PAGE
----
Introduction by Azzief Khaliq. Contributions from Fikri Fadzil, Izza Khaleeda, Aqqashah Rahim, Cheryl Lee Yesudas and Azzief Khaliq.
2016 had something for everyone. And by “something”, we mostly mean reasons to be angry, depressed and potentially quite displeased with the state of the world. Take your pick: the list of celebrity deaths that reads like a who’s who of cultural titans of the past half-century or so; the ongoing conflict in Syria, its attendant refugee crisis and knee-jerk reactions of hate and intolerance; Trump’s victory and the unnerving slide towards the Right going on all across the Occident; and, of course, our own country’s perversely admirable slide deeper and deeper into a mess of its own making. And that’s just the tip of the iceberg.
However, it was a pretty good year for music in general. What role does music have to play in these darker times? It’s hard to say, and it’s certainly not a question we have time to discuss right now, but there might just be something to the old chestnut of dark times producing great music. Regardless, it’s definitely been a very stacked year internationally, with much to think about and enjoy: potentially career-best albums from artists such as The Body, Croatian Amor, Nails and Skepta; long-awaited new albums from big names like Radiohead, Suede, Bon Iver and Frank Ocean; triumphant final works from Bowie and Cohen; as well as the rise of impassioned, politically-charged (American) pop music that tackles topics such as race and sexuality and the intersection of both, as well as the very public institutional uses and abuses of power that have taken place in America over the past 12 months.
This is, of course, the most cursory of overviews of what went on in music in 2016, but this is neither the time nor the place for a truly in-depth retrospective, particularly given our much more humble focus on the music of Southeast Asia. If you’re keen on a list that encompasses many of the trends we saw in global music in 2016, we heartily recommend checking out The Quietus’ albums of the year list.
Closer to home, it’s hard to escape feeling that it hasn’t been a vintage year for local (and perhaps even regional) music, to the point where trying to come up with a confident, surefire list of top-tier material can feel like grasping at straws. Hujan and Bittersweet disappointed, Muck ended a roughly 20-year wait for a debut album with a bit of a damp squib, and overall there just weren’t that many standout albums across the board, regardless of scene or genre. Even the ever-busy DIY punk scene seems to have had a slightly slow year, although we did get a couple of strong releases in the form of Losst’s demo and Bad Idea’s Buy or Fuck Off!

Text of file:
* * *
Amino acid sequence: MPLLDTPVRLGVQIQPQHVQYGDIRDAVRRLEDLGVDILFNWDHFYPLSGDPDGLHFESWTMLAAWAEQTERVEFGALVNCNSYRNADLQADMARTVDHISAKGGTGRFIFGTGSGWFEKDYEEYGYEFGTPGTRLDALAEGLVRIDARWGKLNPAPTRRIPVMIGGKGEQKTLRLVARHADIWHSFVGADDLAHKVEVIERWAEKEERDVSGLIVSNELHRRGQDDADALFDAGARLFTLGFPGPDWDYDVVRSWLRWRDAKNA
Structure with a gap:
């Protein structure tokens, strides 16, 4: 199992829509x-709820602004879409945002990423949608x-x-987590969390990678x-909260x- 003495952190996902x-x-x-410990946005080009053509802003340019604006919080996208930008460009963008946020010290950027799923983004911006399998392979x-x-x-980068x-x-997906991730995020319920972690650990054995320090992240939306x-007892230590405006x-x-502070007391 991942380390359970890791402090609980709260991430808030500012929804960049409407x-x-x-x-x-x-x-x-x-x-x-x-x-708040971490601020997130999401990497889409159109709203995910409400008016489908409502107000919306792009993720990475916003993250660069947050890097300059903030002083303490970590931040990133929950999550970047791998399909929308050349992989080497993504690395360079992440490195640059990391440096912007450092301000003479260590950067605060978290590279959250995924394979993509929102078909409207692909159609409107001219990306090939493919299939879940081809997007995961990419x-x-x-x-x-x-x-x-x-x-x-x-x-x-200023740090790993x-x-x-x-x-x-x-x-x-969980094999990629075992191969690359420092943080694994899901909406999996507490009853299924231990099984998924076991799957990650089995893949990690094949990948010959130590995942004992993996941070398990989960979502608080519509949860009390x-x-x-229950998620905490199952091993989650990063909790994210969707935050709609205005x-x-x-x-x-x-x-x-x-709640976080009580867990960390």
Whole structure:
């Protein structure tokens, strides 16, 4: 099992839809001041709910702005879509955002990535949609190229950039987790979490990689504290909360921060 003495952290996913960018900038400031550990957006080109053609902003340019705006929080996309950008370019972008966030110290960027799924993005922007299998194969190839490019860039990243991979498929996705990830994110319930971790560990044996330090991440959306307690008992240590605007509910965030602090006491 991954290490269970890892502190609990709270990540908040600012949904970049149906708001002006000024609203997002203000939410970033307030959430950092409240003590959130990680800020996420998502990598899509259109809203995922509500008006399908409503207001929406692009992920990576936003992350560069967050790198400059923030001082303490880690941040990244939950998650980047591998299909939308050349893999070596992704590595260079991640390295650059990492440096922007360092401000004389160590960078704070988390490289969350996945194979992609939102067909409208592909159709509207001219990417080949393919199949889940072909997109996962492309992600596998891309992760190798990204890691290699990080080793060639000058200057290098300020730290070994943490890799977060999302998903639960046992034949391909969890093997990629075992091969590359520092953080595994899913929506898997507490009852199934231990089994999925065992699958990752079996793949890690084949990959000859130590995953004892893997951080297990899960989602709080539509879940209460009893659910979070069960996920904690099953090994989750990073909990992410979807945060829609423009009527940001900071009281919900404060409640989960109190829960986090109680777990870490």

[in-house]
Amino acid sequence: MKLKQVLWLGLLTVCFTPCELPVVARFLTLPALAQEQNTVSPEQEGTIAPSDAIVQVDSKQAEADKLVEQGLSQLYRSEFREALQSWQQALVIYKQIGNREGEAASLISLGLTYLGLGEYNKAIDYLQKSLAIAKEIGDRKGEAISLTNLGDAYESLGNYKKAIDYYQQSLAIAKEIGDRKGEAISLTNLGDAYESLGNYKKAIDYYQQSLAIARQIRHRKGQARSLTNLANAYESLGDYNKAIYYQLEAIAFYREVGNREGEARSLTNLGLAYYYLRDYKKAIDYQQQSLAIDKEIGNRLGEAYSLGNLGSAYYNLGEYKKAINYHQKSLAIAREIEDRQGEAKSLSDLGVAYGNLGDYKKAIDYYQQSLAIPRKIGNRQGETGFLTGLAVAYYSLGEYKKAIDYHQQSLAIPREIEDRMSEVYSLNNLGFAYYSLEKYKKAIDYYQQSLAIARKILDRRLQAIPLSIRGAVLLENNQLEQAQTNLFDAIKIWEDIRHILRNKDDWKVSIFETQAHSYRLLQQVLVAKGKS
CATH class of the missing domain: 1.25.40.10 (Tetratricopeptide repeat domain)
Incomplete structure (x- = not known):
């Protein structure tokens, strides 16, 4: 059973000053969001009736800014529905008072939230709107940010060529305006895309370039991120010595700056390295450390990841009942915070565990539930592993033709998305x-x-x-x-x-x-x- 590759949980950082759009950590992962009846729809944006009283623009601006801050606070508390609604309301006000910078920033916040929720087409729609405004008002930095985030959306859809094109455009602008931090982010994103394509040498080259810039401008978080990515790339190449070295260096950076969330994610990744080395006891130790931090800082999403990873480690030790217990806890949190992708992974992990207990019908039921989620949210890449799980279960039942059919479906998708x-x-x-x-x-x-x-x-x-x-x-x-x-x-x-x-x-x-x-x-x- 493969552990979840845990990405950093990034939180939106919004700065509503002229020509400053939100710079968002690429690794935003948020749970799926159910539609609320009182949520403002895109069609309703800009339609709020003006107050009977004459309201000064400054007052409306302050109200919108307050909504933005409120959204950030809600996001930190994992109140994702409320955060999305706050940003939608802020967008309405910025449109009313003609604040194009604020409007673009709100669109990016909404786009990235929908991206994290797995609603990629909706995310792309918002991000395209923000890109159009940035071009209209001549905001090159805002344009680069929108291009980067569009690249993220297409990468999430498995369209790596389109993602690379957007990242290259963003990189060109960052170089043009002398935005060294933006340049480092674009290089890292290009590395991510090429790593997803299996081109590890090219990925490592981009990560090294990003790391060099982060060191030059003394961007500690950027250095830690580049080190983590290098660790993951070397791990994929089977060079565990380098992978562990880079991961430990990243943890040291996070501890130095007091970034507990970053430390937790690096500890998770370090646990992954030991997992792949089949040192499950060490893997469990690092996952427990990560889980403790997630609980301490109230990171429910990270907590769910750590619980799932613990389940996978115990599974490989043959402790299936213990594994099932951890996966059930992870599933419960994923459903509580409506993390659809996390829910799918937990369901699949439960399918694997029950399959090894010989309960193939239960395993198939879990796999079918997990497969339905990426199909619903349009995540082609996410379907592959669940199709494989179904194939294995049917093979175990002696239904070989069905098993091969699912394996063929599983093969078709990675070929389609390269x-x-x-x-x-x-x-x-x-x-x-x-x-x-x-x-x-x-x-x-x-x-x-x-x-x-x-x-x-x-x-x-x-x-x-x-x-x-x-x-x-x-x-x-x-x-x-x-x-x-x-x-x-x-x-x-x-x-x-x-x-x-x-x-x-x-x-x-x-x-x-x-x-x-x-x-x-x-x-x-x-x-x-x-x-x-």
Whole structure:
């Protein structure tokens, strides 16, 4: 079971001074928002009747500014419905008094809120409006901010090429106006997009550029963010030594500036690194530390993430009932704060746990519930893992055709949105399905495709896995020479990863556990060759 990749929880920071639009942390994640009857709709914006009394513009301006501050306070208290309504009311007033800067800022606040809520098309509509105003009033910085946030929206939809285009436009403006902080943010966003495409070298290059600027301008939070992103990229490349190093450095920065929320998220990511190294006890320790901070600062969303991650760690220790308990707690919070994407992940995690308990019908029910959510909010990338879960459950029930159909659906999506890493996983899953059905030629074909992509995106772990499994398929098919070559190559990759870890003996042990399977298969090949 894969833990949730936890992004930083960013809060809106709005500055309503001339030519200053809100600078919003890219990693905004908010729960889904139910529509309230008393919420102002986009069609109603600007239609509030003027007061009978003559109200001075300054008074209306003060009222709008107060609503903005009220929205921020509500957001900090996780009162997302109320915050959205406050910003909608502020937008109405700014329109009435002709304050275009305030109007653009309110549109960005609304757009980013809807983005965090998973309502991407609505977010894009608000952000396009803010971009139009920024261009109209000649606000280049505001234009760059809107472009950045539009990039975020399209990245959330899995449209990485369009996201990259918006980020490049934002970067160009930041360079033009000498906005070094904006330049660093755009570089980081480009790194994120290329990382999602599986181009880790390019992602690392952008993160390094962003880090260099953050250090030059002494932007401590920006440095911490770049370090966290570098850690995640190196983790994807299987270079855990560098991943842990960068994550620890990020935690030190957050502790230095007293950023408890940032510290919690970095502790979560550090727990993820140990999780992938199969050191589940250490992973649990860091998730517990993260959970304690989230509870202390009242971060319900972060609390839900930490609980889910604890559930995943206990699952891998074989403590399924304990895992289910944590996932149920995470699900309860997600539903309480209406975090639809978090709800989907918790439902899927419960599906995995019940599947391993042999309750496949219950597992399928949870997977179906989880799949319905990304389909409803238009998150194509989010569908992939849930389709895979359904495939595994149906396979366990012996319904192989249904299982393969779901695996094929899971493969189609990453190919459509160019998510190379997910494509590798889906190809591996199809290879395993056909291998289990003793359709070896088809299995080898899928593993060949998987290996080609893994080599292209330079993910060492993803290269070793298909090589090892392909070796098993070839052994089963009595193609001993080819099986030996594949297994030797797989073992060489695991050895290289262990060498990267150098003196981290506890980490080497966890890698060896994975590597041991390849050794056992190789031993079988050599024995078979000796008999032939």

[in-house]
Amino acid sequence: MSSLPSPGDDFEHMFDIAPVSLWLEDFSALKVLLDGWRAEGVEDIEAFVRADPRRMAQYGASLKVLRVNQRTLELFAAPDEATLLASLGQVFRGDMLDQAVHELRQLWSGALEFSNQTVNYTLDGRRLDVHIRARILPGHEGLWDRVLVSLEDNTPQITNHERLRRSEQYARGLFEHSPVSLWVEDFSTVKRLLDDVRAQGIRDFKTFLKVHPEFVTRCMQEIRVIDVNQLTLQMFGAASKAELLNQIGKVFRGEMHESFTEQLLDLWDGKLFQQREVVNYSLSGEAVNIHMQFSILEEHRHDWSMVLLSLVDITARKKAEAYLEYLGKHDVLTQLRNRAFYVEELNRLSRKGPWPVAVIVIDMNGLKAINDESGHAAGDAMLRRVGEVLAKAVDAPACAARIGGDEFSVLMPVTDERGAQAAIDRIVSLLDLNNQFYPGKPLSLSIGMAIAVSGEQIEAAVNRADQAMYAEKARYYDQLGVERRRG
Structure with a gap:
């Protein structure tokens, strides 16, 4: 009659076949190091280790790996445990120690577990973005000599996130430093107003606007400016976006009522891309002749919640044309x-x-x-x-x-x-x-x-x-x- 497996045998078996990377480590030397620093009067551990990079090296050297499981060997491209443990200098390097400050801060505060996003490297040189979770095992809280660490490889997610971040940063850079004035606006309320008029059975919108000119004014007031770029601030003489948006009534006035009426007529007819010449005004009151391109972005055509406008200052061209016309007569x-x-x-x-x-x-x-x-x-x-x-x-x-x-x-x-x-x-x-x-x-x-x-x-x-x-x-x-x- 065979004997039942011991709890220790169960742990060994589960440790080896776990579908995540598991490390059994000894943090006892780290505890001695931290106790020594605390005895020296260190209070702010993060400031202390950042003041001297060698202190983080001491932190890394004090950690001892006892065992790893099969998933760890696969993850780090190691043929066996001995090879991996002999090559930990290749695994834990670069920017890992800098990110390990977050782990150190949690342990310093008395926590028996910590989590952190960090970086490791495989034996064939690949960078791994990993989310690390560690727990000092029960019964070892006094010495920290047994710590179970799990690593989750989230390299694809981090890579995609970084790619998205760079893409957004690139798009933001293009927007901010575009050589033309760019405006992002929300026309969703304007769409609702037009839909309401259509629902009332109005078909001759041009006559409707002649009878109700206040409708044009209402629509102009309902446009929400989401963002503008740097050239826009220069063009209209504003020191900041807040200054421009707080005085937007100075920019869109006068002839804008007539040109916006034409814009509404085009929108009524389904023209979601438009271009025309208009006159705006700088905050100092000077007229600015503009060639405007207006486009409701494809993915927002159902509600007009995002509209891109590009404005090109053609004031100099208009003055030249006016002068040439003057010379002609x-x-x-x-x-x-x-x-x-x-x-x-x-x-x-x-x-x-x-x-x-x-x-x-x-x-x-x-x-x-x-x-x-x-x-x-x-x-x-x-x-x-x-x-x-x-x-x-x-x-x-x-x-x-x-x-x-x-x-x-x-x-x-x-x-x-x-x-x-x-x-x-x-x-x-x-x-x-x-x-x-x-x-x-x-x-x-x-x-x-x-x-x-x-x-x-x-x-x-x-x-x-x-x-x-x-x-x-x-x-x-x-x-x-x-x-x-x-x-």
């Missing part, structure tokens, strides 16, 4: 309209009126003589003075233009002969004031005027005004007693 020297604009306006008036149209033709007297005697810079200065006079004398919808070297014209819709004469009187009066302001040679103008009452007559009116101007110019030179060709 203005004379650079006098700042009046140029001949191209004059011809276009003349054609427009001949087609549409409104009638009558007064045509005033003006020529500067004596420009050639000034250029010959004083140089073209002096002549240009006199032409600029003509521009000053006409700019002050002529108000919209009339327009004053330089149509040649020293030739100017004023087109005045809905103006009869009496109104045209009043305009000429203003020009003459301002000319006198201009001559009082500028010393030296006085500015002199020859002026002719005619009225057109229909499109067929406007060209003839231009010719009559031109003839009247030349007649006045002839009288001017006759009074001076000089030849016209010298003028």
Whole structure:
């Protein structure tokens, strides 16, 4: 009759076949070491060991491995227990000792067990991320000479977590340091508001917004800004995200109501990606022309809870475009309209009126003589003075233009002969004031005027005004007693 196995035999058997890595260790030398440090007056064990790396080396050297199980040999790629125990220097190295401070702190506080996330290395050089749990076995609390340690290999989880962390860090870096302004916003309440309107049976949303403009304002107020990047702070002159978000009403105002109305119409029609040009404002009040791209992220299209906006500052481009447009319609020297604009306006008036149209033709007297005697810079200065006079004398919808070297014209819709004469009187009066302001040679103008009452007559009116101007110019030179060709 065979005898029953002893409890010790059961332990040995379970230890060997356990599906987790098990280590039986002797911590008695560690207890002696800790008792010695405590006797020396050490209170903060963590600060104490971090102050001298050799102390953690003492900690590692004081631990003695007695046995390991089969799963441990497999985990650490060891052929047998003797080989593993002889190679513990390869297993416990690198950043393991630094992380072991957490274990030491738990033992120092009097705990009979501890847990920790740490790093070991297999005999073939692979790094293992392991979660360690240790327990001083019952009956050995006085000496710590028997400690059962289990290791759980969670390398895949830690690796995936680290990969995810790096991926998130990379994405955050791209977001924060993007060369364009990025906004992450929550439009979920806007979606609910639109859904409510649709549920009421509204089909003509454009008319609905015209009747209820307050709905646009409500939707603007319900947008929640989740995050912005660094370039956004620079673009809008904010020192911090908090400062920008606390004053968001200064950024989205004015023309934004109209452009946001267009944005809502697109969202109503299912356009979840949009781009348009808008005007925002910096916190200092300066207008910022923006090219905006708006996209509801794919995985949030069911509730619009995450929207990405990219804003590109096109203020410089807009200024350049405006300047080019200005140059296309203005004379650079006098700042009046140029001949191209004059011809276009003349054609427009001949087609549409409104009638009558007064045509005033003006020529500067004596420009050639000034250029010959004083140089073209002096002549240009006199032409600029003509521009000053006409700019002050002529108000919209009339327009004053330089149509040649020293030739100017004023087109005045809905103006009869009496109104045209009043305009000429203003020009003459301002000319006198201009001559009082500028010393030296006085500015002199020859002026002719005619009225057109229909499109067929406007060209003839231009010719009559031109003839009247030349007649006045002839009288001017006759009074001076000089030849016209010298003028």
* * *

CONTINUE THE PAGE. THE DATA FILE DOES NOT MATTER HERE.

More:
For this list, we decided to go with personal picks from some of the individuals who’ve been working at The Wknd Sessions over the past 12 months, mostly because it would have taken us too much time to sit down and agree upon a top 10 due to our often quite varying tastes and interests. This will probably disappoint those looking for a definitive top 10 or something of the sort, but we feel that this format is closer to what The Wknd Sessions is like behind the scenes, with the benefit of also being a lot easier to put together. For releases that more than one of us selected, we included a second opinion in italics. A bit unconventional, perhaps, but we think it works fine. We also made the possibly debatable decision to not differentiate between albums, EPs and demos.
So here it is, an always-already-wrong collection of some of our favourite regional releases from 2016. We sincerely hope you enjoyed the past five or six months’ worth of editorial, video and audio content, and here’s to another year of (hopefully successful) attempts at being interesting.
Forests – Sun Eat Moon Grave Party
(SG, Lithe Records)
2016 was the year that Singapore, of all places, became one of the major hubs of the so-called “emo revival” in the region, with Forests, Tapestry and Caulfield Cult all releasing solid albums that each offered a different take on that dirty three letter word. Forests take the cake, though, with their properly catchy and anthemic sound that mixes equal parts math-rock and 90s midwest emo. If names like Cap’n Jazz and Q and Not U get you excited, then this is the album for you. Anthems for the heartbroken and those who like to pretend they are. Which, let’s be honest, is probably most of us.
Senyawa – Brønshøj (Puncak)
Senyawa have been one of the most interesting and best bands out of the region ever since they emerged, and this new album further cements that status. They push the boat even further out on Brønshøj, with its focus on extended, droning, and far less percussive, compositions. The album also features some electronics and heavier-than-usual processing, which takes the combination of Wukir’s one-of-a-kind bambu wukir and Rully’s masterful vocal prowess to a whole new level. Brønshøj is evidence of a creatively restless duo that’s constantly seeking to add new styles to their sonic palette, and in a region that’s somewhat less encouraging of efforts to improve and and innovate than I would like, that’s certainly something to applaud.
Voidnaga – Demo MMXVI
(MY, Iron Bonehead Productions)
I’ll get it out of the way right now: yes, this was released on Iron Bonehead Productions, one of the finest metal labels and distros out there (and a personal favourite of mine), but there’s more to this pick than just the novelty of a Malaysian band being on such a prestigious label. Voidnaga’s debut is, by all accounts, a great demo that offers up a solid and suffocating slab of black/doom/death metal with no unnecessary frills or frippery. Admittedly, such conservatism means that it might not be something that will truly be remembered years from now, but in the here and now it’s definitely one of the most striking releases from Malaysian metal this year. Very interested to hear what main man Adlan has in store for us next.
Ali Aiman – Circles
The thing that I like the most about Circles is that even though the songs all generally mine the same vein of dark, late-night electropop (“Right About Now” being the exception: that track is danceable, upbeat and very heavily synthesised), Ali Aiman manages to make sure that they all stand apart from each other and don’t just blend into one. Overall, Circles mines a similar vibe to acts such as +2dB and Pastel Lite, that sort of cool electropop vibe. I live for Ali Aiman’s drone-y voice, it really makes the whole album.